Gasoline prices have tumbled in recent weeks from their hurricane-induced highs, sliding 10 cents to a national average of $2.38 for a gallon of regular yesterday compared with a week ago, according to the U.S. Energy Information Administration.
Prices peaked at nearly $3.07 a gallon nationally after Hurricane Katrina struck oil operations in the Gulf Coast region. Hurricane Rita caused further damage, keeping prices elevated.
But since then, gasoline imports have increased, domestic refineries and oil production have been coming back on line, and consumers' thirst for gasoline has dipped. Gasoline prices, however, are still above levels of a year ago, when a gallon of regular was nearly 38 cents cheaper than it is today, according to the Energy Information Administration.
"Just like we were citing supply and demand as the reasons why prices went up, it's the same reason they're going down," said Doug MacIntyre, an Energy Information Administration analyst. "It's pretty much followed with what we would be expecting."
The fall in price in the Washington area has closely mirrored the national trend, according to a survey sponsored by AAA.
The declines come as lawmakers have raised the alarm about high prices and record profits at oil companies. Chief executives of major oil companies, including Exxon Mobil Corp. and Chevron Corp., are scheduled to testify on Wednesday at a Senate hearing that will address the spike in prices.
Declining prices may be good news for President Bush, whose approval ratings have suffered in part because of consumer anger at spending more at the pump. Domestic job growth stalled in October, which many analysts attributed to high energy prices.
Analysts said that if crude oil prices remain where they are now -- just shy of $60 a barrel -- gasoline prices should continue to ease another 10 cents or so.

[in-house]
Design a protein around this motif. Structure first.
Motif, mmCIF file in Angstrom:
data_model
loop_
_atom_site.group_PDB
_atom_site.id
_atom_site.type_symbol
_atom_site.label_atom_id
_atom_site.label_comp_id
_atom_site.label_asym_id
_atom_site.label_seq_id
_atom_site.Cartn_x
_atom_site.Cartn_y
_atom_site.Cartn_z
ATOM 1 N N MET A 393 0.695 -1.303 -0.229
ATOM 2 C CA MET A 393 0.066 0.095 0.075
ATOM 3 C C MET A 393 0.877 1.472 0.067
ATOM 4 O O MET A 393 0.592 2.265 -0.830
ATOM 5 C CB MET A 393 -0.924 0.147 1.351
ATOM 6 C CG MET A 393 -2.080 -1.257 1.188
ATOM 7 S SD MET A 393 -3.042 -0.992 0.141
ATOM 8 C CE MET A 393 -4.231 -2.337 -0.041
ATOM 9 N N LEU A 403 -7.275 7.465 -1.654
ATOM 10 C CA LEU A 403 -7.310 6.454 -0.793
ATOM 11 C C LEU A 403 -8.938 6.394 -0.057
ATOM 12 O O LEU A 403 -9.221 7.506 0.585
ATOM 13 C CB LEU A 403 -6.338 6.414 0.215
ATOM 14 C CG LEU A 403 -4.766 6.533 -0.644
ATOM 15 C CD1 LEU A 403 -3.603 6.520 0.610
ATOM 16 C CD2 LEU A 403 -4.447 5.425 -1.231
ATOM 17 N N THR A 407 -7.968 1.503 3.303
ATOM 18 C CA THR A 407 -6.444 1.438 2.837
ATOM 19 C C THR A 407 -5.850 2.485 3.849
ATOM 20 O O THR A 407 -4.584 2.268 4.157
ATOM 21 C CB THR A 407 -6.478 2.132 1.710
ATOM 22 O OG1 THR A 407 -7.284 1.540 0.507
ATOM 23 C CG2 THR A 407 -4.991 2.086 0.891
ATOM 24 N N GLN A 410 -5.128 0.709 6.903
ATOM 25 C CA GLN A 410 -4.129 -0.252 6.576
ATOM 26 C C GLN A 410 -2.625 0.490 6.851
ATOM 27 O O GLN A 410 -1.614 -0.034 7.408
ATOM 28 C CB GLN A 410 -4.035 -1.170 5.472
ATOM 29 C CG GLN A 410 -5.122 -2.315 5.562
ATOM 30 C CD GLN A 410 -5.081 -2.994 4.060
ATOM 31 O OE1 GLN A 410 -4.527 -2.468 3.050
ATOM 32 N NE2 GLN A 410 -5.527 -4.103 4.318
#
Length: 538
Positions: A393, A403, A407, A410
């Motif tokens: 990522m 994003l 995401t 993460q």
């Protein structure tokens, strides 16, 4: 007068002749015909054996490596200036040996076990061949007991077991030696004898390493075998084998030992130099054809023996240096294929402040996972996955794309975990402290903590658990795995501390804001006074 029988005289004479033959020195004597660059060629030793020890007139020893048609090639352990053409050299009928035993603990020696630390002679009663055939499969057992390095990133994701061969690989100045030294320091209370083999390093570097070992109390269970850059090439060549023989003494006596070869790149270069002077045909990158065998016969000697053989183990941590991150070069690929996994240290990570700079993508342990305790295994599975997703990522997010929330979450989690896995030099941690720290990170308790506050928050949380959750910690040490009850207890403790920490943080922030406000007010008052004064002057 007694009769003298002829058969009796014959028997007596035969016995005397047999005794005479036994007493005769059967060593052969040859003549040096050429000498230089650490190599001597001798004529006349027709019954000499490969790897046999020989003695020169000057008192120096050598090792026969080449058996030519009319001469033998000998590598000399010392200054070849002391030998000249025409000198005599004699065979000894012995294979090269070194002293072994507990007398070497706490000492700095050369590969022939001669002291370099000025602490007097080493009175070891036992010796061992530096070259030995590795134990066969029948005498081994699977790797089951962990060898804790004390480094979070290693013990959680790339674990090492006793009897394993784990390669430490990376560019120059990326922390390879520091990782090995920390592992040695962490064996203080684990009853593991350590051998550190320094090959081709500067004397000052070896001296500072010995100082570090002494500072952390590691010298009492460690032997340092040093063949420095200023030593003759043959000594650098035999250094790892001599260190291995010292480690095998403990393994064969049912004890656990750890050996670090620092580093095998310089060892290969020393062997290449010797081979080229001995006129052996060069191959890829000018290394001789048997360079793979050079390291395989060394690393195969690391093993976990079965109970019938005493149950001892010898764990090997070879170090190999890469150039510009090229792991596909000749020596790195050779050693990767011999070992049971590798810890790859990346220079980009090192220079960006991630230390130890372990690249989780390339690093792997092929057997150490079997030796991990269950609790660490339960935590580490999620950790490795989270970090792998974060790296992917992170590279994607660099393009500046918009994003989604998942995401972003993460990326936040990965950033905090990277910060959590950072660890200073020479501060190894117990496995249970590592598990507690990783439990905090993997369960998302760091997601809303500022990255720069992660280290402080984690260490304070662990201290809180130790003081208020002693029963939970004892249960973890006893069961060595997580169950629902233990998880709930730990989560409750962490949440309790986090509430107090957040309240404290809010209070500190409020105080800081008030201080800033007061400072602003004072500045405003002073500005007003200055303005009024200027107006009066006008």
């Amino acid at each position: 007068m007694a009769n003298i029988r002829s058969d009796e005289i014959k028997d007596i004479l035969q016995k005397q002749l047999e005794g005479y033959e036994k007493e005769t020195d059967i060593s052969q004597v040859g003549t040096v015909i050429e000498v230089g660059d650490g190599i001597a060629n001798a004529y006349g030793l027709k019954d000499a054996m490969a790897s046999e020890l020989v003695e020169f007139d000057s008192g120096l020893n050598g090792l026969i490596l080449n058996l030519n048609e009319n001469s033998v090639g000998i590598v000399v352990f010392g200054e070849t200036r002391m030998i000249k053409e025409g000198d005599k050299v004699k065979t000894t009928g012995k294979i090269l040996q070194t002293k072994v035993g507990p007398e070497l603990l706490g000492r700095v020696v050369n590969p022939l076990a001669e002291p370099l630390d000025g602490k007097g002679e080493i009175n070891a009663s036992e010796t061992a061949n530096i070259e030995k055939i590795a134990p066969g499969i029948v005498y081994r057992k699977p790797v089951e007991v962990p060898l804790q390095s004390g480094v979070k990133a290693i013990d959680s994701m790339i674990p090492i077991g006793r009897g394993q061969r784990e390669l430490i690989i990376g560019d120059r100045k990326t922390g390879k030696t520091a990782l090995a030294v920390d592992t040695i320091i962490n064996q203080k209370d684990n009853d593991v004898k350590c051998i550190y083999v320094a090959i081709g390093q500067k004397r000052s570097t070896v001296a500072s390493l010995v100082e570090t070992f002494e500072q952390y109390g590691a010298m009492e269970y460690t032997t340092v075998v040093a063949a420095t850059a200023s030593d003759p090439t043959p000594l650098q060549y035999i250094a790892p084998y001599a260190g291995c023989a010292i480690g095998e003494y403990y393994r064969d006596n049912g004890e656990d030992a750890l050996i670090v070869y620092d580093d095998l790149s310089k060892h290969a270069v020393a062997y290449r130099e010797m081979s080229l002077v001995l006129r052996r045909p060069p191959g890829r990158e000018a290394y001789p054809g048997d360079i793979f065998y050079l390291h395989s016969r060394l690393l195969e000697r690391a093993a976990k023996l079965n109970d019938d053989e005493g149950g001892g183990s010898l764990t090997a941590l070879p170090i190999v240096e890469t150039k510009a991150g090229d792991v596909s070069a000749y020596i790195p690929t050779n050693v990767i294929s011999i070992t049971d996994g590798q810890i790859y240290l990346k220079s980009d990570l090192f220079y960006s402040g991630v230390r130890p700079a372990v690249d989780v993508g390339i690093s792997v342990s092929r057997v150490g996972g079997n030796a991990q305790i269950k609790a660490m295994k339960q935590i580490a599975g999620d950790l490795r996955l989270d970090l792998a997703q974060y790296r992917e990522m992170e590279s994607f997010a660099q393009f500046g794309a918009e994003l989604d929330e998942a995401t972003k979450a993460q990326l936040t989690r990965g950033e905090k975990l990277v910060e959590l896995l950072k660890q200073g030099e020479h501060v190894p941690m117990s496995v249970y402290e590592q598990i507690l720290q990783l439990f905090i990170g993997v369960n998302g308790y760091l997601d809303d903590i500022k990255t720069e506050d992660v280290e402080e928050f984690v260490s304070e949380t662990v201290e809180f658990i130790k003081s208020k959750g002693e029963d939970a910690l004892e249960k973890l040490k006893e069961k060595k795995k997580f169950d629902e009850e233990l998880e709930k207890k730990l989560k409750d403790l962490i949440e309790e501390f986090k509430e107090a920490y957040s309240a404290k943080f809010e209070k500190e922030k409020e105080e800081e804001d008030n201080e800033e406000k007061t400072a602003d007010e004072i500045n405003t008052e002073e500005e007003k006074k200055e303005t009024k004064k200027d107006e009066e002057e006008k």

But oil prices remain volatile and are sensitive to world events and market conditions. Colder-than-normal temperatures in the United States, for instance, could increase demand for heating oil and push crude oil prices higher. That would cause gasoline prices to increase, analysts said.
"As long as crude oil is still up in the high $50s, gasoline at the retail pump can't come down too much," said Rick Mueller, an analyst with Energy Security Analysis Inc. in Wakefield, Mass.
"In a lot of ways we're hostage to the weather. . . . Everybody is kind of keeping their eye on the thermometer, seeing where that's going."
Prices for crude oil have risen as worldwide demand, especially in China, has surged faster than companies' ability to produce, resulting in tighter supplies.
The hurricanes knocked out several domestic refineries, crimping gasoline supplies. Oil production in the Gulf of Mexico also was damaged. That caused traders on the New York Mercantile Exchange and in other markets to push wholesale oil and gas prices higher, which trickled down to the gas pump in the form of higher consumer prices.
While refinery operations are returning to normal, the United States also received record imports of gasoline in late September and early October, which helped to relieve the supply crunch and bring down prices, analysts said. In addition, the higher prices decreased domestic consumption.
Drivers said they are pleased by lower prices but are suspicious of big oil companies reaping the benefits.
"Anything under $3 was a miracle," said Curtis Austin, 44, of Landover, as he filled his Nissan Maxima at a BP station in Northwest where regular was selling for about $2.56 a gallon. "You still have to wonder the why and the how. . . . It seems strange things were so bad so quick and now everything is back to normal."